Yep, I did it; I said it. The title of this post just completely obliterated, steam-rolled, destroyed (pick your metaphor) the most important advice you’ve ever been given.
And I’m not taking it back.
But do not fear! I’m not going to leave you hanging. Let me restate my take on this platitude so you can better grasp my meaning;
Don’t figure out what to do with your life; figure out what to do next with your life.
Yes, let the brilliance sink in…
Look, I’ve spent a good part of my life trying to figure out my “passion”, my “true calling”, my “purpose” in life. For me this was primarily related to my career, though there are other pieces to the puzzle. But the other pieces I knew: I want to have a family, I want to have a strong marriage, I want to raise awesome kids who do awesome things. But what the hell am I going to do?? I’ve read the books, I’ve met with the career counselors, I’ve studied the MBTI until I’m blue in the face (if you want my advice, don’t waste your time, or at the very least, don’t take it too seriously) and though I’ve been able to come up with a million things to do with my life, I not only haven’t been able to narrow it down to one deep desire, I haven’t been able to maintain excitement for one career direction for longer than a few months! I know that I want – no, I need – to make a difference in the world. I know that I want to do something that has a nice balance between the left and right brain. Soooooooo….??
Lucky for me, this conundrum was beautifully resolved by a good friend of mine who is building motivation and resources to pursue her greatest dreams. Her brilliant comment over a cup of hot coffee was: “Everything that has happened in my life – every moment, every decision, every event – has lead me to this place.”
Damn, why is she ALWAYS RIGHT?! She looked back on her life and saw all the pieces of the puzzle that were slowly combining without her knowledge or awareness. All the moments of following something that felt good, or seemed right, or even scared her. They all brought her to where she is today: armed and ready.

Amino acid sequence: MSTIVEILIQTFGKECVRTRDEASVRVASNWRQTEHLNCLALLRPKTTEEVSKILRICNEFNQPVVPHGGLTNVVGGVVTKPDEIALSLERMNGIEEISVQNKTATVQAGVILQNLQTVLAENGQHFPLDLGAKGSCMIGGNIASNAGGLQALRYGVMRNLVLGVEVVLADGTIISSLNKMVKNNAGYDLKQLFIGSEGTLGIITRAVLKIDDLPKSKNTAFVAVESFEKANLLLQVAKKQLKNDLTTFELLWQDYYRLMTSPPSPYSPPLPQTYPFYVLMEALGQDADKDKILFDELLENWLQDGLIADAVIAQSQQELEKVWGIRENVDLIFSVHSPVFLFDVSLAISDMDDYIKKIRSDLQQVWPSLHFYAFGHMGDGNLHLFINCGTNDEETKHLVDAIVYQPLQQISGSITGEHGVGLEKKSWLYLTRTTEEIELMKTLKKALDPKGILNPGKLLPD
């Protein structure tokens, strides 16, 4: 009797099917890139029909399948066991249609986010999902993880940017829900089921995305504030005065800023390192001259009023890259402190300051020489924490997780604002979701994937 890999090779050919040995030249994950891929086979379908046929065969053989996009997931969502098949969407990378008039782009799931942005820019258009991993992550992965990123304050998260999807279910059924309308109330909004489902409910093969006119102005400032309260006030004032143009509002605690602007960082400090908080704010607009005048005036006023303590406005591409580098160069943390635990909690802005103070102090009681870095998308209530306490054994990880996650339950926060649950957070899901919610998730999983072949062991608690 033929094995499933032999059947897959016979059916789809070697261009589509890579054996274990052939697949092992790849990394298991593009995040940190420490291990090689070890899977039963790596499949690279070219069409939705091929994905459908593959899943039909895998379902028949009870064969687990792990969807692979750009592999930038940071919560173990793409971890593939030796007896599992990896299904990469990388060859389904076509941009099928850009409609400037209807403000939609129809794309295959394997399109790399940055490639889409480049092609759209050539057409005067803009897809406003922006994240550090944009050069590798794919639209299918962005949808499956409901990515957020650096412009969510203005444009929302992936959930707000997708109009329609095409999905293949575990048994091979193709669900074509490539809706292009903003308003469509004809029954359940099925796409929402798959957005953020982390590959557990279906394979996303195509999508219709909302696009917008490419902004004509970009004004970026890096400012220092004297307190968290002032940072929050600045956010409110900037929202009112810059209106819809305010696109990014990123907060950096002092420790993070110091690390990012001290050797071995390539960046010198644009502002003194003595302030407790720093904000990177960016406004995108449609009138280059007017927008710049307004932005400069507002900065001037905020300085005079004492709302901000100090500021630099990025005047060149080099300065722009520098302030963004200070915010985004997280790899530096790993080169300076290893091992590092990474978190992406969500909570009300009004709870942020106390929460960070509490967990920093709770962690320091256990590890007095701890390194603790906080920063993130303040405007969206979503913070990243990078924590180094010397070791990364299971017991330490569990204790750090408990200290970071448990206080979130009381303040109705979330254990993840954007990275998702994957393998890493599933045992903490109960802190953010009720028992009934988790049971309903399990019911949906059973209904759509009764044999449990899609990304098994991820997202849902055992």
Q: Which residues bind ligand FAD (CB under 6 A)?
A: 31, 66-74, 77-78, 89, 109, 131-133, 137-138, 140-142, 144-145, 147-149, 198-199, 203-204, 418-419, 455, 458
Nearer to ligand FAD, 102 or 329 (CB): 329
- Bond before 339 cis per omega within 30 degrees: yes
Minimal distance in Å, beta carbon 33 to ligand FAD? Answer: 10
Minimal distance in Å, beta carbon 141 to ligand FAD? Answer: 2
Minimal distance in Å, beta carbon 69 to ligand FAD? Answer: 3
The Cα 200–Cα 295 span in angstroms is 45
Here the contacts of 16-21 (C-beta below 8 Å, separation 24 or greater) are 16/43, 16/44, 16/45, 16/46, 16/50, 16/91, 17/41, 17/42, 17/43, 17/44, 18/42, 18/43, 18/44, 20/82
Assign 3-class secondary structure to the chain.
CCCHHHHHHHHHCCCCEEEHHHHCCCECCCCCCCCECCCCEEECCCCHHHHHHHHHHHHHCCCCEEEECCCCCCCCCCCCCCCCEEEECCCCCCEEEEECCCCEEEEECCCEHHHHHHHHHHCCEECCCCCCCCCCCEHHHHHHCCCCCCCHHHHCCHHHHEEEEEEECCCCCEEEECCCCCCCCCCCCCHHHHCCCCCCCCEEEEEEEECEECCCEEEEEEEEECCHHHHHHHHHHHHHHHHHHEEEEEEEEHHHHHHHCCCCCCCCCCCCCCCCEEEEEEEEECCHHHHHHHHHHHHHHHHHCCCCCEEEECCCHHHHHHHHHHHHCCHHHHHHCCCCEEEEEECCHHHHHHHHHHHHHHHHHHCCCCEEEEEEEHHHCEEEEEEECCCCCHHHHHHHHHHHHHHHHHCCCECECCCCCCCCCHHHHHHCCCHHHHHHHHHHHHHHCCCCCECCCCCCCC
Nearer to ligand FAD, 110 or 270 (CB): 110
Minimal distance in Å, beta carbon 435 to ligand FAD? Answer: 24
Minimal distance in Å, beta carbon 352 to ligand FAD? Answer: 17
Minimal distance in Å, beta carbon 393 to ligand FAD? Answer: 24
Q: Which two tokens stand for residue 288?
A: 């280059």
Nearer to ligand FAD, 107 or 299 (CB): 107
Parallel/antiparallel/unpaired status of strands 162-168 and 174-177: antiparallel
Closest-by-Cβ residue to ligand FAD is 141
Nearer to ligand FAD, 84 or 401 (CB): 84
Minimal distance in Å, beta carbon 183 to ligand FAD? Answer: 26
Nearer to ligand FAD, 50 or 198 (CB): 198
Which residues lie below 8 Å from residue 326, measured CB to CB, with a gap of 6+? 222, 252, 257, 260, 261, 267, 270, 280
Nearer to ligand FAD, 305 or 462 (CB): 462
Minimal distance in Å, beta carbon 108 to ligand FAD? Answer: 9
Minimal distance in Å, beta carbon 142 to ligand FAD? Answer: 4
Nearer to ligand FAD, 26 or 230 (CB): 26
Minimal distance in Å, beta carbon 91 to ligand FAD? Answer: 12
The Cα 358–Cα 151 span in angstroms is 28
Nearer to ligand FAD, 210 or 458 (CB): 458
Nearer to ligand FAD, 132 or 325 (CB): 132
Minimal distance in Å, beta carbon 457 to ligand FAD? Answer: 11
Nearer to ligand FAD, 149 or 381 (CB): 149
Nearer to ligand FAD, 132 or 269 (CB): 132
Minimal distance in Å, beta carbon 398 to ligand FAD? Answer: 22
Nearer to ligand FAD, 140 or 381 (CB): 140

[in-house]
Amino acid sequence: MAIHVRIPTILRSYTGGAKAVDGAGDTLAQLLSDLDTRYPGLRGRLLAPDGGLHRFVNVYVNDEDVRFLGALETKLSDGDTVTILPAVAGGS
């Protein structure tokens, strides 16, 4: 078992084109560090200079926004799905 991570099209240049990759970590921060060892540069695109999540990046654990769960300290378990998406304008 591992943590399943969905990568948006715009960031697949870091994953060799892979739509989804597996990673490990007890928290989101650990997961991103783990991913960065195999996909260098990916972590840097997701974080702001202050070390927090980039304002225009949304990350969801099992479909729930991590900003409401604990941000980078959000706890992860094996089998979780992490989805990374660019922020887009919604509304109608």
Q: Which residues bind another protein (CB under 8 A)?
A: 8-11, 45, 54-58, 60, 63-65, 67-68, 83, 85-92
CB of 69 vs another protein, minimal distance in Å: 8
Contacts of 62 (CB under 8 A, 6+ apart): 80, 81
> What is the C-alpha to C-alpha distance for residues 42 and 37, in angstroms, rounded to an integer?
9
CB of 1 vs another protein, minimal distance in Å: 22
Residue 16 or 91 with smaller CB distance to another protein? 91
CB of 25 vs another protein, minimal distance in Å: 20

I look back on my life and I see the exact same things. I see a girl who dove into music, singing and songwriting at a young age, who made friends with people who believed that unique is good, who pursued a practical marketing degree, who married a man with no guile and all the support in the world for his loved ones. I see a girl who worked in intense and stressful sales positions and survived, who has suffered through corporate America despite its insensitivity, who has learned a wide range of marketing skills but has specialized in nothing despite advice to do the opposite, who volunteered for several years and felt the incredible joy of serving others even though it delayed graduation.
And all of that has lead me here. Today. Now.
And now I know what to do with my life.
HA! Not even close. I’m *cough*ty-two years old and I still don’t know. But that’s the point – when you’re in the middle of the journey, when the path seems to far ahead and so uncertain, you have to simply believe in yourself and your ability to figure out what to do next with your life.
Because it is all leading somewhere.
It’s like collecting balloons. You pick one up here, another there. There’s a cool pink one – the deep foreboding green one matches nicely. How about a star- or heart-shaped one, they look fun! You keep collecting experiences, questions, conclusions, and knowledge until one day they all lift you slowly and carefully off the ground to your pie in the sky.
So feel free to wonder and dream about what you might accomplish in the future; but don’t let the pressure stress you out. Just make the next best decision. Use the information and the faculties you have now, and figure out what makes the most sense, and what makes your heart soar today. Even if the next best thing is to stay where you are, or to get a new job, or to take that transfer you’ve been considering, or to take a break because you have too much going on. Trust yourself. Believe in yourself.
I have always wanted to work for myself. I didn’t know it at the time, but the wide range of sales and marketing experience I’ve gained (rather than specializing) has prepared me for that. The relationships I’ve developed in my life have taught me to embrace who I am and never apologize for it. My volunteer experience and my experience in corporate America has taught me that it is top priority to feel like I am making a difference in the lives of others. It’s all leading somewhere.
And I don’t know where I will end up.
But I know what I will do next.
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